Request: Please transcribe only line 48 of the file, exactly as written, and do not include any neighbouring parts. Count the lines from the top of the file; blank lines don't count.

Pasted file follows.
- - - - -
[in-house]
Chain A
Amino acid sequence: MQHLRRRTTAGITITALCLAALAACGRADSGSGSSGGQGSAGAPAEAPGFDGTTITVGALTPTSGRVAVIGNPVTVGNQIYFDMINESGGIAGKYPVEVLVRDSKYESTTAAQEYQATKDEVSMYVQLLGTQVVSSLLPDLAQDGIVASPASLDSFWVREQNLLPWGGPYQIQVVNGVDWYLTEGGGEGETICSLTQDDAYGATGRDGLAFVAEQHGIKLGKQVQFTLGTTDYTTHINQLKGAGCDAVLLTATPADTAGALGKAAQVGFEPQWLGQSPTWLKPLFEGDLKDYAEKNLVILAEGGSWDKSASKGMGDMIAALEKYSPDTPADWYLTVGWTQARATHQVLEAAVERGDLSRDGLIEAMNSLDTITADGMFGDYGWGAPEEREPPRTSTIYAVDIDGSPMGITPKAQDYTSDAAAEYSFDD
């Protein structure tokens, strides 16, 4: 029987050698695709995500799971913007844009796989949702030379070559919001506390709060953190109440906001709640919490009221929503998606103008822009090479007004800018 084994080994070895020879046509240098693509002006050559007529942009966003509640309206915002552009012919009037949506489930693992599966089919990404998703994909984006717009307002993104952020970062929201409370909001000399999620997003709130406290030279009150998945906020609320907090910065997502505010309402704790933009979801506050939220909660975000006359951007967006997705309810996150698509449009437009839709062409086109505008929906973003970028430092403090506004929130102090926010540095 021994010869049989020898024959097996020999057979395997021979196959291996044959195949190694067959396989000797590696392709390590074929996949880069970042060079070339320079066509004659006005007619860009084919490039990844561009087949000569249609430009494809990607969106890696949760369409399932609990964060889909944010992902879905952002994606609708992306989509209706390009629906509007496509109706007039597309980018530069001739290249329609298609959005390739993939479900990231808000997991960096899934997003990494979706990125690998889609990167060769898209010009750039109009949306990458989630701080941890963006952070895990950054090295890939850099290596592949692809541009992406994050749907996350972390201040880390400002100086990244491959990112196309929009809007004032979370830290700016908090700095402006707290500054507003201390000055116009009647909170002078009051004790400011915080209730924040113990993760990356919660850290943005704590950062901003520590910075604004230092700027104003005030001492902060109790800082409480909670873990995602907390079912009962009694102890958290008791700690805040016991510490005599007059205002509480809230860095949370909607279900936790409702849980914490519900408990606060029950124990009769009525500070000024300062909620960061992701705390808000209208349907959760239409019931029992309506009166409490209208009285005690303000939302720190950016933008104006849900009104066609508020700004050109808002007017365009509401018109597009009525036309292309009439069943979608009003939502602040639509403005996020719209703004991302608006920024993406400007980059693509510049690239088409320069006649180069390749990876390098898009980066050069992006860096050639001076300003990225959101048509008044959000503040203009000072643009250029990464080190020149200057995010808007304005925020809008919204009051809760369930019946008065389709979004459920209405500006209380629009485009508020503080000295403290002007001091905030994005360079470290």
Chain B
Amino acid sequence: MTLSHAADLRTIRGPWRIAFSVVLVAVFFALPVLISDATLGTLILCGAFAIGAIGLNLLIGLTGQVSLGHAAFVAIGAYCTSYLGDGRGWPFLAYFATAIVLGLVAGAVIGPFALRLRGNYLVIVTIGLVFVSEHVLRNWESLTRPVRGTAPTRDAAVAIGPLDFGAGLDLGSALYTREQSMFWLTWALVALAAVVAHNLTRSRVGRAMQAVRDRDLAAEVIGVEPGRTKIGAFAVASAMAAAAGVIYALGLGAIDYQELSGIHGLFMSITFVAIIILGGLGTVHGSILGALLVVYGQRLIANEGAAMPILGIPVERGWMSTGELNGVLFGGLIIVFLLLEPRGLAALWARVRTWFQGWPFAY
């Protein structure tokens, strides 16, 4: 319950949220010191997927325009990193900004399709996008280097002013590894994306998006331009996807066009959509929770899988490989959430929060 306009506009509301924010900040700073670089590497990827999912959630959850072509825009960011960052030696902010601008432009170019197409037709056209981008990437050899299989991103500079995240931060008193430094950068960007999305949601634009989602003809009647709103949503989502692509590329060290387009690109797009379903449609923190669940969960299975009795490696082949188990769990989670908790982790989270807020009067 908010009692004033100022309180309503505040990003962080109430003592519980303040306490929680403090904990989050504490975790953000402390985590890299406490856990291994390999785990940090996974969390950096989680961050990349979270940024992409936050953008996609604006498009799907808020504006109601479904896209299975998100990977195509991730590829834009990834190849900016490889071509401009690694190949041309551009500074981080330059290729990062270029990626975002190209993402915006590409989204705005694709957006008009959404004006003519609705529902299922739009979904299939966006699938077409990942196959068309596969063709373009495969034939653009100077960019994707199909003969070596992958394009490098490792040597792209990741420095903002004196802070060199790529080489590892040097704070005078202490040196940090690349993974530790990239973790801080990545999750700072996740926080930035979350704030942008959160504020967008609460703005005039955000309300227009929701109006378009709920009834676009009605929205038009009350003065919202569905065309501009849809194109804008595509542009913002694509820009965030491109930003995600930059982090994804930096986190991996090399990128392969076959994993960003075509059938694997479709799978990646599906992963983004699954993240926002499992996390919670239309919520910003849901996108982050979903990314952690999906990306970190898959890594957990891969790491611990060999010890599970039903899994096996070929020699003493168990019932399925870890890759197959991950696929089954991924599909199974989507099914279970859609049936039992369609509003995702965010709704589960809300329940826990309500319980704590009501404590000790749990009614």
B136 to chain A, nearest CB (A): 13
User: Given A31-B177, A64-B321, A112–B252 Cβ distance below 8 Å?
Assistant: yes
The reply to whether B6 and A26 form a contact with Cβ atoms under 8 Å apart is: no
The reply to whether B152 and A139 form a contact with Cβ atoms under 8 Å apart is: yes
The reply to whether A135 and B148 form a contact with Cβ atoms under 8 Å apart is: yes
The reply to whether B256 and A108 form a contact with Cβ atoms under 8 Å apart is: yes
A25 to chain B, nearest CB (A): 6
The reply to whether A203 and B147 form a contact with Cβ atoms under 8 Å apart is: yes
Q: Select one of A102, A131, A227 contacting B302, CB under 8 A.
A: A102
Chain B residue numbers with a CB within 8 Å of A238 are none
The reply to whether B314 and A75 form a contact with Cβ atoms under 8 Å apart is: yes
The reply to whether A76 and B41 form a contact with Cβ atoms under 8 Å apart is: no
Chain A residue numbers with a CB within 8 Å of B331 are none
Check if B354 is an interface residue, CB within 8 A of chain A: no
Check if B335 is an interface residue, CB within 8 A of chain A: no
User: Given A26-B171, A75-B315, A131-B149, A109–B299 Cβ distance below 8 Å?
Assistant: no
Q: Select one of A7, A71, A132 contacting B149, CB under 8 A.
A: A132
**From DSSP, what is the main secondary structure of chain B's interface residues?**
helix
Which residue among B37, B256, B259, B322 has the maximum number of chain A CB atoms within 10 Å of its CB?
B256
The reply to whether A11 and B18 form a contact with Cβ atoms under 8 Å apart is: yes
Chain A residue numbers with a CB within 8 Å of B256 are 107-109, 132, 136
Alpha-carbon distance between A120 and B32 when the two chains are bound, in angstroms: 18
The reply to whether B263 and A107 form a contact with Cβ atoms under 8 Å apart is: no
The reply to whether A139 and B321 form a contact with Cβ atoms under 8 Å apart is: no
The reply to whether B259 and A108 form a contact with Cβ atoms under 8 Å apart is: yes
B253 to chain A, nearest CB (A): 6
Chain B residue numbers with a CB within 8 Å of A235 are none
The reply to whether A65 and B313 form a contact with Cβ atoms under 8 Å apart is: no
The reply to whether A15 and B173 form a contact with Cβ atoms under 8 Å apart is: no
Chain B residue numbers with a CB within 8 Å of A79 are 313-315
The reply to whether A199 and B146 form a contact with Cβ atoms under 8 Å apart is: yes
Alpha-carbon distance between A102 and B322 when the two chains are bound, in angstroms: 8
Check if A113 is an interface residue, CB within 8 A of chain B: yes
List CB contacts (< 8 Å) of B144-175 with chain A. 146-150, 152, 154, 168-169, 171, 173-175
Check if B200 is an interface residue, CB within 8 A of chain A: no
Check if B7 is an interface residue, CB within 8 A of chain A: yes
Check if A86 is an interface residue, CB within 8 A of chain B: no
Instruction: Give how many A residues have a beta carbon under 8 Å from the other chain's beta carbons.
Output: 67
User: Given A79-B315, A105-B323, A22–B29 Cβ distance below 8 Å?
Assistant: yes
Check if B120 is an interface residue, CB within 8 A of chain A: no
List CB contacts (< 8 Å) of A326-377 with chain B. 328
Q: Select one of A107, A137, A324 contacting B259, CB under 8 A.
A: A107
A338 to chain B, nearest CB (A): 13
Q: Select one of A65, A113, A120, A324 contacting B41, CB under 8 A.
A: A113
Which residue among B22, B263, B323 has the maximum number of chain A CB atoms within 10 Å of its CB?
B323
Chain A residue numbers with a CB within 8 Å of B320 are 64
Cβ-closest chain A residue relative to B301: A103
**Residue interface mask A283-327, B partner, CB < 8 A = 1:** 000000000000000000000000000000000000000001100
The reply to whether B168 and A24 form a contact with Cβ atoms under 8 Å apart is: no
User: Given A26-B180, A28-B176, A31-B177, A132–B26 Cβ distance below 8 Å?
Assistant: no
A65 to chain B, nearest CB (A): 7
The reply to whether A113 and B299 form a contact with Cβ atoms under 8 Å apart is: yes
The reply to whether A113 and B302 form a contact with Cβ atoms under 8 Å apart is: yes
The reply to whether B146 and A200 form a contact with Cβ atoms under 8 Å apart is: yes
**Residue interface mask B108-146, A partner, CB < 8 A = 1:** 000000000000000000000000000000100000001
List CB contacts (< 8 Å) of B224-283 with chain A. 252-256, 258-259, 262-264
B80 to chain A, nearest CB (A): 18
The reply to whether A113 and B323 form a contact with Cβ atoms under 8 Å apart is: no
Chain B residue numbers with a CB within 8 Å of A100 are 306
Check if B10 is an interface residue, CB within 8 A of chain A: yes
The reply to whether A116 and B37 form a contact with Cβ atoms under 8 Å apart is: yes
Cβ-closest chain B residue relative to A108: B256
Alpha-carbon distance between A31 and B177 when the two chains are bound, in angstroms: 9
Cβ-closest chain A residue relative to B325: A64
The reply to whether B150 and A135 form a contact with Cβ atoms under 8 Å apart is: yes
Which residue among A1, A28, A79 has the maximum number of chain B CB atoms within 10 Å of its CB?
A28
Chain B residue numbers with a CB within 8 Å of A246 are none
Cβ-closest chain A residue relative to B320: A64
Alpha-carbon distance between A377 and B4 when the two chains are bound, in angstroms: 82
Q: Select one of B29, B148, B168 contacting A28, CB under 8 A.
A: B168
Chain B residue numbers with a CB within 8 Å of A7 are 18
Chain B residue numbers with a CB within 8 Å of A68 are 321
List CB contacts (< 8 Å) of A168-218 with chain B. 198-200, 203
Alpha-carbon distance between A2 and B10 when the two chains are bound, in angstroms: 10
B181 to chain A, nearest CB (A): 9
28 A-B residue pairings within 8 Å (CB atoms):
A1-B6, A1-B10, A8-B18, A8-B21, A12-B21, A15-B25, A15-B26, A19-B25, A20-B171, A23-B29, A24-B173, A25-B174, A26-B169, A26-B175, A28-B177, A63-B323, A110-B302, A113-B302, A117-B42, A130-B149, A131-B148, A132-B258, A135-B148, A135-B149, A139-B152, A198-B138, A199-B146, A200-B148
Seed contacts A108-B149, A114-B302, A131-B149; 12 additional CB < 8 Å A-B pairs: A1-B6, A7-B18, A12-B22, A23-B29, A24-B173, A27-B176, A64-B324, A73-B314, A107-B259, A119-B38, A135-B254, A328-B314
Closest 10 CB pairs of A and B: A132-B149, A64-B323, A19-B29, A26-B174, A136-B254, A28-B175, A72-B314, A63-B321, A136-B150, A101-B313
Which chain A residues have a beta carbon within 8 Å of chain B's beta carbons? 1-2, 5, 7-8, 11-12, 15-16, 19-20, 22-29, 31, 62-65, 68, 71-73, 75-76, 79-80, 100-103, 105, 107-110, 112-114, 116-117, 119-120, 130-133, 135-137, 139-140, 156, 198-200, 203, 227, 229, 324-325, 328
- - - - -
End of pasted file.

Check if B200 is an interface residue, CB within 8 A of chain A: no